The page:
WMSM: Abstract and Prize Applications Due on July 15
Join Us July 29th for the Next ISSM Webinar
Thinking about submitting an abstract for the World Meeting on Sexual Medicine? Or perhaps you'd like to compete for one of 4 prestigious prizes to be awarded?
There are just a few days left to take action. The deadline for both events is July 15, 2021.
The virtual meeting will be held November 19 - 21, 2021.
The ISSM Scientific Committee is accepting abstracts for oral, video, and poster presentations in a variety of categories. All abstracts presented at the meeting will be published in the Journal of Sexual Medicine. Materials can be submitted online.
Materials for the ISSM Zorgniotti-Newman Prize, the Emil Tanagho Prize, the Female Sexual Dysfunction Prize, and the Mental Health Prize should also be submitted online. Please see this article for specific instructions.
We look forward to seeing you all virtually in November!
Screen Sexual Dysfunction Patients for LUTS, Researchers Advise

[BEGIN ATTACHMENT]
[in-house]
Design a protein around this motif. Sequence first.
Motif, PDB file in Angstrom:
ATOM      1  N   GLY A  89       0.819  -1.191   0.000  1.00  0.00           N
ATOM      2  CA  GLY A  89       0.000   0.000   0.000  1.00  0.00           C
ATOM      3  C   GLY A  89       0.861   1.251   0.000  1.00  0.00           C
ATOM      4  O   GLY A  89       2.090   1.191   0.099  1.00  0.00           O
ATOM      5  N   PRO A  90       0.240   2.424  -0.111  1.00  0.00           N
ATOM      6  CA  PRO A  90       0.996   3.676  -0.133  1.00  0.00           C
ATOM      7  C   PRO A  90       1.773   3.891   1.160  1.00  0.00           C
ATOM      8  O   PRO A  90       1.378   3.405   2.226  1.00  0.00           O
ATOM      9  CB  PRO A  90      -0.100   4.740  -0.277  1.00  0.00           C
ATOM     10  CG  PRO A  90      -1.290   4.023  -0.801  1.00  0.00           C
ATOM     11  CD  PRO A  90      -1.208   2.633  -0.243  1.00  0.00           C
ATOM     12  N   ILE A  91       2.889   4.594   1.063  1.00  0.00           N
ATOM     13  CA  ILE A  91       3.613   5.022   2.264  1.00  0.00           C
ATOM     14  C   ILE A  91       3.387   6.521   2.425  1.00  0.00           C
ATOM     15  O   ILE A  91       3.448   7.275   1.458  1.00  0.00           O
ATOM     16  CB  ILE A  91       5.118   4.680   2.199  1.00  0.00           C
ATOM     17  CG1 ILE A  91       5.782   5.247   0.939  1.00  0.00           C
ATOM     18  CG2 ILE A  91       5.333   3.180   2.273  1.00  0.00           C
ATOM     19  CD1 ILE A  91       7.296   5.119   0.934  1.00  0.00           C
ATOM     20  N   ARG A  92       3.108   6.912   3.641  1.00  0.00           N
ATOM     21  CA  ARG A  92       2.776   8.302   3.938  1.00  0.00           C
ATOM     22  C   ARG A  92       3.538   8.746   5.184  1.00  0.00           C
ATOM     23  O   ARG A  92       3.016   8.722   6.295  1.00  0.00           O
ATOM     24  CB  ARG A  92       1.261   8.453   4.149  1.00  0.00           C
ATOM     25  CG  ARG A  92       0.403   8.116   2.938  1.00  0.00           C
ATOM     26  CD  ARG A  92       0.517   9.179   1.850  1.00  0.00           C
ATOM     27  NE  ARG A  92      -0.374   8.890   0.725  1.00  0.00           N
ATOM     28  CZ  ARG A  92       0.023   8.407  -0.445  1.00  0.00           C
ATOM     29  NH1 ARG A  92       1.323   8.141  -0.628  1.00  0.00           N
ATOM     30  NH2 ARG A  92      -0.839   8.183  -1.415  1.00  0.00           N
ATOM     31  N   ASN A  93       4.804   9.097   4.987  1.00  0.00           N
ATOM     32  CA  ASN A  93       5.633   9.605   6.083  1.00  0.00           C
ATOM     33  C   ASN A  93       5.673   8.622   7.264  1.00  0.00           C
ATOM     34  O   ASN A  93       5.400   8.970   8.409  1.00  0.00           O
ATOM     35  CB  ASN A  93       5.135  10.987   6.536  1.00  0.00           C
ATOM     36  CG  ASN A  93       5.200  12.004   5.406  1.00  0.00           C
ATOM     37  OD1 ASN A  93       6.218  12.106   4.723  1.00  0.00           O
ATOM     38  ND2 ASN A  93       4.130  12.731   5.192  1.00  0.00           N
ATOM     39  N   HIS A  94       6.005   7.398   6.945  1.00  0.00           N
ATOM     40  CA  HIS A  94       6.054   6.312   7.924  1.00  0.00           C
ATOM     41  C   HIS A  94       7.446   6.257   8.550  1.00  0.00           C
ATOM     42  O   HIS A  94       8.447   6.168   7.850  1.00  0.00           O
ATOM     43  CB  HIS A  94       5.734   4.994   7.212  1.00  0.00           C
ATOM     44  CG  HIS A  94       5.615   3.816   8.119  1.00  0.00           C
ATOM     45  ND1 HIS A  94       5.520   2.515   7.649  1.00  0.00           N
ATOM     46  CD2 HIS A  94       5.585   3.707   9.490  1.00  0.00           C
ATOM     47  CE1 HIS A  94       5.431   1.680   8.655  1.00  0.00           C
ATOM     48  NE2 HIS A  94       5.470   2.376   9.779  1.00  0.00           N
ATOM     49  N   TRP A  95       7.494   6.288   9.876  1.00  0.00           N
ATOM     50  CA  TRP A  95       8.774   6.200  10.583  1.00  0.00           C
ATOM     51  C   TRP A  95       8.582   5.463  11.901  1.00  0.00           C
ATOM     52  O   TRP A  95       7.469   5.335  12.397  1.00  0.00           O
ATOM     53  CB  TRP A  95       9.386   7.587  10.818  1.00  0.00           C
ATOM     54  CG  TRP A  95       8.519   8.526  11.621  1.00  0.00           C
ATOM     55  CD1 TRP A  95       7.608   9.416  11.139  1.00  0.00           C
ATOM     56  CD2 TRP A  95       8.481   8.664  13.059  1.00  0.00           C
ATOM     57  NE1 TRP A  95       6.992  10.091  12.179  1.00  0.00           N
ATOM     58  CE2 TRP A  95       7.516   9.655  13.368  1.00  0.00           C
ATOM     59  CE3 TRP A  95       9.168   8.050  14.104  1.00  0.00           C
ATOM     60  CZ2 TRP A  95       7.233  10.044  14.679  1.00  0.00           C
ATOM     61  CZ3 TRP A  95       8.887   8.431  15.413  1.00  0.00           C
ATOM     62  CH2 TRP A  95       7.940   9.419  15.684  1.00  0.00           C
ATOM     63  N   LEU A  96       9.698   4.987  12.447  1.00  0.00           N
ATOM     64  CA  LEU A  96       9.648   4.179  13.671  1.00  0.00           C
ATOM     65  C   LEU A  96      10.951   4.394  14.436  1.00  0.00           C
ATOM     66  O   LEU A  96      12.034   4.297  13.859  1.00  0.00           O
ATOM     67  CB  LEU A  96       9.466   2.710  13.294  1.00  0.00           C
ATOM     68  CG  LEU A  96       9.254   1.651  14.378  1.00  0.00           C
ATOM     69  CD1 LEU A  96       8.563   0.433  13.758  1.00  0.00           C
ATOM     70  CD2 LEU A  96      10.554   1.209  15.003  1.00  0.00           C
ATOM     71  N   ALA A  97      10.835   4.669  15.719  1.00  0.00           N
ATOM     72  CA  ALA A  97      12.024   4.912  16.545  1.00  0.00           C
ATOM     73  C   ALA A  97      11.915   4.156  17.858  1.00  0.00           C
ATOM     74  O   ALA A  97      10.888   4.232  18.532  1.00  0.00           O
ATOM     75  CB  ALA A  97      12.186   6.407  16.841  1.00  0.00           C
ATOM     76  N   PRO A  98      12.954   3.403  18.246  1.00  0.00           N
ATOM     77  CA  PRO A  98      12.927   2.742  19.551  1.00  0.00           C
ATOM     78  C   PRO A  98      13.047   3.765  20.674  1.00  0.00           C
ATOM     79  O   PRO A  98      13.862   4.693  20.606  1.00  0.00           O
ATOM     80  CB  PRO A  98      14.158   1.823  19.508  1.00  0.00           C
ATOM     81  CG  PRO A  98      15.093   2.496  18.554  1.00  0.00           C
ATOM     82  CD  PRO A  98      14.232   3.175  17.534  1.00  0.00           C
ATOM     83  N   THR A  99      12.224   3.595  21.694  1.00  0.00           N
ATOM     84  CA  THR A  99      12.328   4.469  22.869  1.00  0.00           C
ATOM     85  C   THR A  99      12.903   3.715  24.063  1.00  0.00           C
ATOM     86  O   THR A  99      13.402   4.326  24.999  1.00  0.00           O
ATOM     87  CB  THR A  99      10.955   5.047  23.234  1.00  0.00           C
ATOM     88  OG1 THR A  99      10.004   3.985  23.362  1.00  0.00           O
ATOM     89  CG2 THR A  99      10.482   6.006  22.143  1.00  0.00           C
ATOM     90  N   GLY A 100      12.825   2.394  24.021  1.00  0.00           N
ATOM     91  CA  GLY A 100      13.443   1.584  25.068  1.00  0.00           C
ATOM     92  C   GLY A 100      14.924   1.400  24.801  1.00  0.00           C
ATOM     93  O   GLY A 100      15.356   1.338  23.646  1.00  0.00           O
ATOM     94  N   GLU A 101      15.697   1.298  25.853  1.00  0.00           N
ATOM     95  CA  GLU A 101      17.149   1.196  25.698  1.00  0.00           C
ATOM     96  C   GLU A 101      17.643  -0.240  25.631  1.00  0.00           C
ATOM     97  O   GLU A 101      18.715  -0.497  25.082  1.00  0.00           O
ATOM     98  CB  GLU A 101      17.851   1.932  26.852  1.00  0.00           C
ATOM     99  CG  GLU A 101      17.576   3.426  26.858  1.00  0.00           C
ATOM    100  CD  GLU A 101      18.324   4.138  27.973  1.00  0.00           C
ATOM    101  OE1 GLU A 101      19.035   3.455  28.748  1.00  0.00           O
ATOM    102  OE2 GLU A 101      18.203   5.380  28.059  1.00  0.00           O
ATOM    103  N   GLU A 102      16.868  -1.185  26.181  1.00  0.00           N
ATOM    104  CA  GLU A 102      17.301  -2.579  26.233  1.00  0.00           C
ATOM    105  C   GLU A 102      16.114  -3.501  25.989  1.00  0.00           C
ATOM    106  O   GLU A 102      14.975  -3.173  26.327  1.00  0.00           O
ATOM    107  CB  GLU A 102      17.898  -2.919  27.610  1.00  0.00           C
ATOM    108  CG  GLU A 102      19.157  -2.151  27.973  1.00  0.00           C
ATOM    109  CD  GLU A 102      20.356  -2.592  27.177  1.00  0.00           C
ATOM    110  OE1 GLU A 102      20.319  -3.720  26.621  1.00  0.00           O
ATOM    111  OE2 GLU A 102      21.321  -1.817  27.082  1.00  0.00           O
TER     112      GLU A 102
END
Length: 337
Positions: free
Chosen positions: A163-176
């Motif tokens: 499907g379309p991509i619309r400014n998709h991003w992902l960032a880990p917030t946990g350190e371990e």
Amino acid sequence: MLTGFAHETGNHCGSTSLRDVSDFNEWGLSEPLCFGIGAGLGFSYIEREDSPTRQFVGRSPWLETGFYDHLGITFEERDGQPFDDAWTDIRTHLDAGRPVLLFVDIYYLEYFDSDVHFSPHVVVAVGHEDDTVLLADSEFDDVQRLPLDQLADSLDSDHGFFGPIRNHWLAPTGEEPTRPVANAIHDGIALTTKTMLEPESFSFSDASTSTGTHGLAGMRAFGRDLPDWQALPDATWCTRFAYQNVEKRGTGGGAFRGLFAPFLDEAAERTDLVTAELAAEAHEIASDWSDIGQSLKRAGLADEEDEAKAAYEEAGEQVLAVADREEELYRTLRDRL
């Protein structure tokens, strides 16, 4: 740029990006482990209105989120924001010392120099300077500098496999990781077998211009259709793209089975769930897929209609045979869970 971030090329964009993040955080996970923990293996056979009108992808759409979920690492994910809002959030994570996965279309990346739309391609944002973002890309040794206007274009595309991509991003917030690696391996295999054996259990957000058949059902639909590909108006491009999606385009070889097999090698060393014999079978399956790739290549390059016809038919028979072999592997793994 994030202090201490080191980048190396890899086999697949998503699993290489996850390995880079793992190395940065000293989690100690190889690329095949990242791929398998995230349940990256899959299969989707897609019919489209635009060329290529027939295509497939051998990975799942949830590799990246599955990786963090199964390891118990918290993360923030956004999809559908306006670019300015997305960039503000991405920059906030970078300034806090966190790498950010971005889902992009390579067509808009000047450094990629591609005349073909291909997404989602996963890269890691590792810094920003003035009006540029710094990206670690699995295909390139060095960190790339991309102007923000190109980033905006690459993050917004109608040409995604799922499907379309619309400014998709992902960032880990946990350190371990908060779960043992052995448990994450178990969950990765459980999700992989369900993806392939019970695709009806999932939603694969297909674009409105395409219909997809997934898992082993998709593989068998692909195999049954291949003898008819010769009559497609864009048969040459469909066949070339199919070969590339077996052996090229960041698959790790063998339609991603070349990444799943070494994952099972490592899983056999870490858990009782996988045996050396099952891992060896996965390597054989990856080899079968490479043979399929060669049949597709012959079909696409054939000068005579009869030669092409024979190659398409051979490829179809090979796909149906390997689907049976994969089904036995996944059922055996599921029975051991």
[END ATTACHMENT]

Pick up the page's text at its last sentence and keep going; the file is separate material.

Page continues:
The next session of the ISSM Webinar Series, "Post-SSRI Sexual Dysfunction," will take place on Thursday, July 29, 2021 at 2 p.m. UTC.
Drug-induced sexual problems are a focus of interest for researchers, who try to understand the mechanisms and prognosis of such conditions, for clinicians, who need to clearly state to their clients what side effects can be expected from the use of a certain medicine, and for patients taking medications with sexual side effects.
Post-SSRI sexual dysfunction is a new field of research and a focus of great interest for all people who act on both sexual medicine and mental health.
ISSM President Annamaria Giraldi will open the session, and Alan Shindel and Marco Gonçalves will serve as the moderators. The program will cover these topics:
Post-SSRI Sexual Dysfunction (PSSD): History and Relevance (David Healy)
Explanatory Processes and Diagnosis of PSSD: What Do We Still Need to Know? (Cobi Reisman)
A 30-minute Q & A session will follow the two presentations.
A recent Journal of Sexual Medicine study reports that men and women with sexual dysfunction may have higher rates of lower urinary tract symptoms (LUTS).
The study, which focused on 1,056 patients in Colombia, is one of few conducted in Latin America.
Researchers found that 53% of the sexually active men had erectile dysfunction (ED), and 39% of the sexually active women had female sexual dysfunction.
The data showed that participants with sexual problems were more likely to have LUTS than those without sexual dysfunction, the authors said.
Learn more about the study.